House sparrow Passer domesticus, adult female in hedge, Bedfordshire

A history of hedgerows

Before people farmed, they were hunter-gatherers and the only hedgerows were dead hedges, constructed as protection.

Hedge history

The first Bronze Age farmers had to clear woodland to make fields. On occasion, strips of woodland were left to mark the boundaries.

These are our oldest hedgerows, and they are often on today's parish boundaries. These are irreplaceable pieces of living history and are often the best hedgerows for wildlife. 

The sward on the verge or bank may contain woodland plants such as bluebells and anemones, and the hedge itself may be a rich mixture of woody shrubs such as hazel, dogwood, guelder rose and spindle. Pollarded trees are frequently found in ancient hedgerows – they made great boundary markers in feudal times as they could not be moved.

Planting of new hedgerows started around Roman times and continued on and off through to the mid 18th century, when the Enclosures Act prompted a great spurt in hedge planting, mostly around the English Midlands. Hedge removal is not a new phenomenon. Many were lost during the Napoleonic Wars when a besieged Britain was threatened with starvation. 

After the Second World War, government policy encouraged hedge removal to ensure that Britain was self-sufficient in food. Financial incentives were available to remove hedgerows and machinery was developed that couldn't manoeuvre in small fields. It is now widely recognised that this policy encouraged farmers to go too far, and there are grants to encourage planting and protection of hedgerows.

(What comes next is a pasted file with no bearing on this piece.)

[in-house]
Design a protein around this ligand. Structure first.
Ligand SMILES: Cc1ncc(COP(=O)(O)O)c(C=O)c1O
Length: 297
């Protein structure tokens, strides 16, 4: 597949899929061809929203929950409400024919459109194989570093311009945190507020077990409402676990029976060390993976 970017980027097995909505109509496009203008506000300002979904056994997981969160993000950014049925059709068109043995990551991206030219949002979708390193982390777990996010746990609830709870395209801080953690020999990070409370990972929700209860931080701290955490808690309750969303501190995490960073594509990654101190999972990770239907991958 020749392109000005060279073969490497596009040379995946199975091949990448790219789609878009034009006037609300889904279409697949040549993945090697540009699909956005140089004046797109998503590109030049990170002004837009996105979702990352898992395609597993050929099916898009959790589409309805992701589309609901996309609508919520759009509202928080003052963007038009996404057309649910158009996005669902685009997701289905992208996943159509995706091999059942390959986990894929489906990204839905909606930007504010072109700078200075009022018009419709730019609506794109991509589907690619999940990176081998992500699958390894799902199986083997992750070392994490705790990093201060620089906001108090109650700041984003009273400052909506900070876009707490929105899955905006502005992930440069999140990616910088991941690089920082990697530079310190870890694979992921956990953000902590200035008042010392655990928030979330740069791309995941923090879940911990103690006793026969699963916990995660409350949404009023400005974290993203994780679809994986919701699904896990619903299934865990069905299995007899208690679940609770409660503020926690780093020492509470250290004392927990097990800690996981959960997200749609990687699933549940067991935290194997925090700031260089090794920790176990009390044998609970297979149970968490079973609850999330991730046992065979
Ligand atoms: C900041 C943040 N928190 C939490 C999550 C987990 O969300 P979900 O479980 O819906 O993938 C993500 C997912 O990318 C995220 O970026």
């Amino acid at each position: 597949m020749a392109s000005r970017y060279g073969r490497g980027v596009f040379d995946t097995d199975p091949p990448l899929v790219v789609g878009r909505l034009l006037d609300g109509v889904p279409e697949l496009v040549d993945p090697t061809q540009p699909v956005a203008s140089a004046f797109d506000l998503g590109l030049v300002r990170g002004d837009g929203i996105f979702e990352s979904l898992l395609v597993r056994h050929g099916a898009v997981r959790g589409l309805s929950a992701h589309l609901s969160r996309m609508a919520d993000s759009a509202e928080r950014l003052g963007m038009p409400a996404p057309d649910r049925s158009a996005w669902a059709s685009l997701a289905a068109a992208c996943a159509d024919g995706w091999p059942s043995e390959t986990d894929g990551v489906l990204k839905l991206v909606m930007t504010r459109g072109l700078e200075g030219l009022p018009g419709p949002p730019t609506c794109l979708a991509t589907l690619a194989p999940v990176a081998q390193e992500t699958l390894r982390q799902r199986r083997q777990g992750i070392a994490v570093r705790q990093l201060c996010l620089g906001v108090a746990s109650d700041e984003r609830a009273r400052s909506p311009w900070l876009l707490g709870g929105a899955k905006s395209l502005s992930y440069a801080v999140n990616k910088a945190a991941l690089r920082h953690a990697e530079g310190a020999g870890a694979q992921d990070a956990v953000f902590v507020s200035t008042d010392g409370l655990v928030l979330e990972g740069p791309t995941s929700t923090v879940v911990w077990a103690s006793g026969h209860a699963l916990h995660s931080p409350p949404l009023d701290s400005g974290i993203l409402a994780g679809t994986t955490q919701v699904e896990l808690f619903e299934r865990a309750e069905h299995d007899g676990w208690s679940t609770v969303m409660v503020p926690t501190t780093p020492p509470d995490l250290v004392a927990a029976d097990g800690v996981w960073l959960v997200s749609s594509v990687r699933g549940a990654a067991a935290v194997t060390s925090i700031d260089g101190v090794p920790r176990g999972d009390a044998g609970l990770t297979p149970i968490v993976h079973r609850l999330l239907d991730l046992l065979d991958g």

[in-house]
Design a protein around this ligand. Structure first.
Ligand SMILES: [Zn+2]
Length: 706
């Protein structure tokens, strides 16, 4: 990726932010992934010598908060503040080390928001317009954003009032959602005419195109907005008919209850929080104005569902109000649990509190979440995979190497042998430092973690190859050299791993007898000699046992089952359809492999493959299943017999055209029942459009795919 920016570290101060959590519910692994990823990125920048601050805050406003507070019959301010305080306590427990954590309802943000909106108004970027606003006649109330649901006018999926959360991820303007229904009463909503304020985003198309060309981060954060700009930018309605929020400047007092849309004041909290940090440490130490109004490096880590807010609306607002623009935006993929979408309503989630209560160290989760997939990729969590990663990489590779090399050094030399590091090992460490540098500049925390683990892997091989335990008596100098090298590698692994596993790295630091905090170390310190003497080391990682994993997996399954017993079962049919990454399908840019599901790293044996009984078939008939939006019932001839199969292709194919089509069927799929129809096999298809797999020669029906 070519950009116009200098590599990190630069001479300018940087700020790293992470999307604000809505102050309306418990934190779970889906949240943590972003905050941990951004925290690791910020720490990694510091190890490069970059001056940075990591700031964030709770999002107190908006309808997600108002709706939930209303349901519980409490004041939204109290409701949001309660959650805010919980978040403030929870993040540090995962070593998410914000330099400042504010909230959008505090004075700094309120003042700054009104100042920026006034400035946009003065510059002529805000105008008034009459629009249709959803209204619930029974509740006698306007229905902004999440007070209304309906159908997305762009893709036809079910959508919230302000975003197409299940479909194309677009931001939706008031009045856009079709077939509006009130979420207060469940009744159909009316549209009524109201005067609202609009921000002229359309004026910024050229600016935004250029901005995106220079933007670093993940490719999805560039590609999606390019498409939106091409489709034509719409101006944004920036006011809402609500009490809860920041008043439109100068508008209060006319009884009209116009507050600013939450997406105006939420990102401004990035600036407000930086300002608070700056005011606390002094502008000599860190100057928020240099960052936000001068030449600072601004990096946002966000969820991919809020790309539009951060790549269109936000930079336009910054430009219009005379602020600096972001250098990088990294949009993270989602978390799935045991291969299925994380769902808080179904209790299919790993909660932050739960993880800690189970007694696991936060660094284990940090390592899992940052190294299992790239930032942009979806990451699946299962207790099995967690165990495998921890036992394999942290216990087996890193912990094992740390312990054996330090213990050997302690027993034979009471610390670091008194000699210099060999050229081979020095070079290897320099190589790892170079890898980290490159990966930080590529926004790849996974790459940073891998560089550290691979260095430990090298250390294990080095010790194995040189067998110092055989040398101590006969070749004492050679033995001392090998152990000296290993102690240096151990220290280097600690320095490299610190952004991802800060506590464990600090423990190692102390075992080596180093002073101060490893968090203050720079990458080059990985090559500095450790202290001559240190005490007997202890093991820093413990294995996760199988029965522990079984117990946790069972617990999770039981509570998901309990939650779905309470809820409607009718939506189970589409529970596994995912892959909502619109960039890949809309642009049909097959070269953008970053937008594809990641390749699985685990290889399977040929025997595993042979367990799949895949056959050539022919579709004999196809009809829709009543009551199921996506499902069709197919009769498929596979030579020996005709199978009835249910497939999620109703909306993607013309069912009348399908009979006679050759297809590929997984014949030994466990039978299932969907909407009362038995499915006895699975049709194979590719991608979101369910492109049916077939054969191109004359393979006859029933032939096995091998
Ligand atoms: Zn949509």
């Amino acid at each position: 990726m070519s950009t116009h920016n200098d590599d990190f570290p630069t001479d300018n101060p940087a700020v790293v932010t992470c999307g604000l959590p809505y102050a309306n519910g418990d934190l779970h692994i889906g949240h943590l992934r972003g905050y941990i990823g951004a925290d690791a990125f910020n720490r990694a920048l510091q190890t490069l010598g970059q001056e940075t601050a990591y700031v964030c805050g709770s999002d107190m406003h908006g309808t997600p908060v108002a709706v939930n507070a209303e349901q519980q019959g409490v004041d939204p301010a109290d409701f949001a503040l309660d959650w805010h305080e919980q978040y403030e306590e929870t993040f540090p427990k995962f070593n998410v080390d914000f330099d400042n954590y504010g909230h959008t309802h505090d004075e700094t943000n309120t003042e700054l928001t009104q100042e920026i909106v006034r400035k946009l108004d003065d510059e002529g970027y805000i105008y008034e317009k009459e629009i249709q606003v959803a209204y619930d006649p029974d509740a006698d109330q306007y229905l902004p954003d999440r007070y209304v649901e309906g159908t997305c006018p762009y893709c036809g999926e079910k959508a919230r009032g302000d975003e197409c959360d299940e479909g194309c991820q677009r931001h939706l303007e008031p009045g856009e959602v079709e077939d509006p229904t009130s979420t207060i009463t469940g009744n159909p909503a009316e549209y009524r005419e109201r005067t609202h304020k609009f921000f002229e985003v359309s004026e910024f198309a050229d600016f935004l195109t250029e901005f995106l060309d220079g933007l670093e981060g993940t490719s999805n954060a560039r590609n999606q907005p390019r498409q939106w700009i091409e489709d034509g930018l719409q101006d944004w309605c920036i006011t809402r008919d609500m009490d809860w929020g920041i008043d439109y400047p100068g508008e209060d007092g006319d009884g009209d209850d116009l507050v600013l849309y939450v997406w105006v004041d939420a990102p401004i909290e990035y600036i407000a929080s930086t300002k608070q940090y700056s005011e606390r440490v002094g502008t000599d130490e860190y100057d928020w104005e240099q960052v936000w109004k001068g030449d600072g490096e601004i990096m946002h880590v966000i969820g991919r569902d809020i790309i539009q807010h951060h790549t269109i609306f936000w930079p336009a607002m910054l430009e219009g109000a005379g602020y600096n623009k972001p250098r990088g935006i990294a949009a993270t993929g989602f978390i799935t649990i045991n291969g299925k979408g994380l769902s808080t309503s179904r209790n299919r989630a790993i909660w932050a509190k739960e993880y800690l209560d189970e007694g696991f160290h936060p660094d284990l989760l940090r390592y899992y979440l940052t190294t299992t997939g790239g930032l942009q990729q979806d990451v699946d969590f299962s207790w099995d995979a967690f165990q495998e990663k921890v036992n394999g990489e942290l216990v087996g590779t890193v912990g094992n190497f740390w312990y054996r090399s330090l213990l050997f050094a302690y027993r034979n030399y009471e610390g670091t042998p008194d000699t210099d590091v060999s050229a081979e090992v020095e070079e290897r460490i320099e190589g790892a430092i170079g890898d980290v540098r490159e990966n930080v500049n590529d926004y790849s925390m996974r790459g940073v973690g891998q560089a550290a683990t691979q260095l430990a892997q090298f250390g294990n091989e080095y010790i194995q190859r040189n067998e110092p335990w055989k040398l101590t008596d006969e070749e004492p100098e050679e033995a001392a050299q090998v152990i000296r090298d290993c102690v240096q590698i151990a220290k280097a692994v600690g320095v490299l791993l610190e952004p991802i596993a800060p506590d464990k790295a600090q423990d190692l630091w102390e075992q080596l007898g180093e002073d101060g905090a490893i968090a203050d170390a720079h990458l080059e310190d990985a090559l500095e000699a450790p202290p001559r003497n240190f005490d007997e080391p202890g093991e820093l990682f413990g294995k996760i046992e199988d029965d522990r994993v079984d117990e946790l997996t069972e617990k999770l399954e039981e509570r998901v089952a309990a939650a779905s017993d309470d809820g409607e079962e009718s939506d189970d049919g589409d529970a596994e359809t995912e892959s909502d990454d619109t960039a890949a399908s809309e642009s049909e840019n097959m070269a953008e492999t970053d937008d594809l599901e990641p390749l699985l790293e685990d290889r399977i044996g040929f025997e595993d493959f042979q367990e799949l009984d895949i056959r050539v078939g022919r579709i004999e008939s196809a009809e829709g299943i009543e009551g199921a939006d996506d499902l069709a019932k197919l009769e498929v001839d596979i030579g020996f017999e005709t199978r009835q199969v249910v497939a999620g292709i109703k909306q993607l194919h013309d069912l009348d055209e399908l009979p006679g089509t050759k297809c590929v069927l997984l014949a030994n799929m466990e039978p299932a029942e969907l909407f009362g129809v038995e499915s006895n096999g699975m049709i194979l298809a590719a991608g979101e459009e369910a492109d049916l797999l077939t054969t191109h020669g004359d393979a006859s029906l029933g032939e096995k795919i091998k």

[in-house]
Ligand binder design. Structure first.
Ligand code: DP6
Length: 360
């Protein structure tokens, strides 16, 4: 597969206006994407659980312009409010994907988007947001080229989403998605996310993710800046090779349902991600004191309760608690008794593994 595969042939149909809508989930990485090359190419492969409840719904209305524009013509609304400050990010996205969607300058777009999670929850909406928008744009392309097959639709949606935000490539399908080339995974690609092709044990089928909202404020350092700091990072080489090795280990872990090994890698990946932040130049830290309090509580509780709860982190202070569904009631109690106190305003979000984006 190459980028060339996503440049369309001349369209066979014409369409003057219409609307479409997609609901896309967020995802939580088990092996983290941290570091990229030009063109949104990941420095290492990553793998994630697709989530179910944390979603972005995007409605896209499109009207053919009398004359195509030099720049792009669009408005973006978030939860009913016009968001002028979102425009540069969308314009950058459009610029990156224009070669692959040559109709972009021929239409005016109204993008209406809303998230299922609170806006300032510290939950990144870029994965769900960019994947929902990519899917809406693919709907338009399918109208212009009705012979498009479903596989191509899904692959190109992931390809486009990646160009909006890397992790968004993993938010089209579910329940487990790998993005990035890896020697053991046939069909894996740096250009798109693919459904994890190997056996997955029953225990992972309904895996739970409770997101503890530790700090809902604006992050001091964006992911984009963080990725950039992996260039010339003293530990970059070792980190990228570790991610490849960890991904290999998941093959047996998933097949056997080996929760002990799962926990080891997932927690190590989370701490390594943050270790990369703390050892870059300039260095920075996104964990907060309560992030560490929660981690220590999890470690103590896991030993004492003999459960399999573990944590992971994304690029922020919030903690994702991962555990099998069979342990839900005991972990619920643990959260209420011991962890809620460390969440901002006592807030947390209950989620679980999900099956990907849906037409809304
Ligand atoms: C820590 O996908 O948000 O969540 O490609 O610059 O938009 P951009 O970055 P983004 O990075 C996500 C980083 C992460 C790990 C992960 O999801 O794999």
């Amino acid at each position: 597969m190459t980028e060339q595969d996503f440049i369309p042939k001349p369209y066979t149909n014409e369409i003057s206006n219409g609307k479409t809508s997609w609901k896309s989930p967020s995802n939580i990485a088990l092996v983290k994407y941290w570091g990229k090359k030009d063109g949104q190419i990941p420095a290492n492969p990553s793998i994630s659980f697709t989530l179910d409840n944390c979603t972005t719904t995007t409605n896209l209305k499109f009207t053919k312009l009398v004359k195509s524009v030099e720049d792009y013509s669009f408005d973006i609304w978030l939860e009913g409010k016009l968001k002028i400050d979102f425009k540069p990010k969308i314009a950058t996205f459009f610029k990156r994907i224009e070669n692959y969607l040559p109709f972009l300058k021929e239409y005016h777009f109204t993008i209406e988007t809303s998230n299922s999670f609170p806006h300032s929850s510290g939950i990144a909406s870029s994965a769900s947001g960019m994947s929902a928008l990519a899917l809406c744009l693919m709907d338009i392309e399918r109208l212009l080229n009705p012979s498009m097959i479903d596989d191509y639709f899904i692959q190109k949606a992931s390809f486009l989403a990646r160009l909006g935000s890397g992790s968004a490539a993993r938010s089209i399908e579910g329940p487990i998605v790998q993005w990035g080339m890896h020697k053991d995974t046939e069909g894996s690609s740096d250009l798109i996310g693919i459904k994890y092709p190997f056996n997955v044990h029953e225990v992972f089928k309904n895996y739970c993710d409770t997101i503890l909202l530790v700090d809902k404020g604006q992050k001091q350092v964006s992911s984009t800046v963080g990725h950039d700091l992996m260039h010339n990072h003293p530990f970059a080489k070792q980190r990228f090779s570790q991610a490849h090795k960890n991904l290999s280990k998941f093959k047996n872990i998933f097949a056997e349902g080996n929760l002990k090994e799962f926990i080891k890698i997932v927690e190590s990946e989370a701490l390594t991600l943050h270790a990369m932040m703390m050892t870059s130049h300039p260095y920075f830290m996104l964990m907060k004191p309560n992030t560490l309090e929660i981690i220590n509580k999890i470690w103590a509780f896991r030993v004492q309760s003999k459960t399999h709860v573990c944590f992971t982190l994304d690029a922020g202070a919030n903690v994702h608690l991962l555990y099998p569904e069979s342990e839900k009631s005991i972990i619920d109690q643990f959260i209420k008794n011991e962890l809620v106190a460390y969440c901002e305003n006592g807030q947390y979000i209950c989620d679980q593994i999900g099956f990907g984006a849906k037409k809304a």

Bluebell, Hyacinthoides non-scripta: flowering at clearing edge. Coombes Valley RSPB reserve, Staffordshire

Hedgerow loss and gain

Since the Second World War, hedgerows have been removed at a much faster rate than they have been planted. In some parts of the country 50 per cent of hedgerows have gone, while others are so badly managed that their value to wildlife is much reduced.

Loss of hedgerows has been identified as a factor in the decline of many plant and animal species traditionally associated with farmland. Reasons for hedge loss include changes in farming practices, development, damage caused by straw and stubble burning (banned since 1992), spray drift, neglect and indiscriminate trimming.

An Institute of Terrestrial Ecology (ITE) survey of hedgerow changes revealed that between 1984 and 1990 hedgerow length in England had declined by 20 per cent and in Wales by 25 per cent. While outright removal of hedgerows accounted for 9,500km per year, almost half of the loss was a result of lack of management.

Between 1990 and 1993, the removal of hedgerows lessened to about 3,600km per year, and the rate of planting at 4,400km per year exceeded the rate of removal. As a result of hedgerow incentive schemes, many farms had begun work to restore and manage hedgerows and other boundary features. 

Unfortunately, there was a net decrease in hedgerow length of 18,000km per annum in England and Wales during this period. This was at least partly due to a lack of management, leading to hedges being reclassified as lines of trees or gappy shrubs. These relict hedgerows, although registered as lost in the survey, are still of value to birds and other wildlife.

These losses of managed hedges appear to have been halted in the mid-1990s. This is welcome news. Although the net length of hedges now appears stable or possibly increasing, it is important to remember that newly created or restored hedges may not have the same value in terms of wildlife, landscape and historical significance as long-established hedgerows. 

Some hedgerows are so important that no amount of planting could replace them. The government has brought in legislation to protect hedgerows of key importance (currently in England and Wales only).

Fields & hedgerows. Habitat of Cirl bunting Emberiza cirlus. Labrador Bay, Devon, England.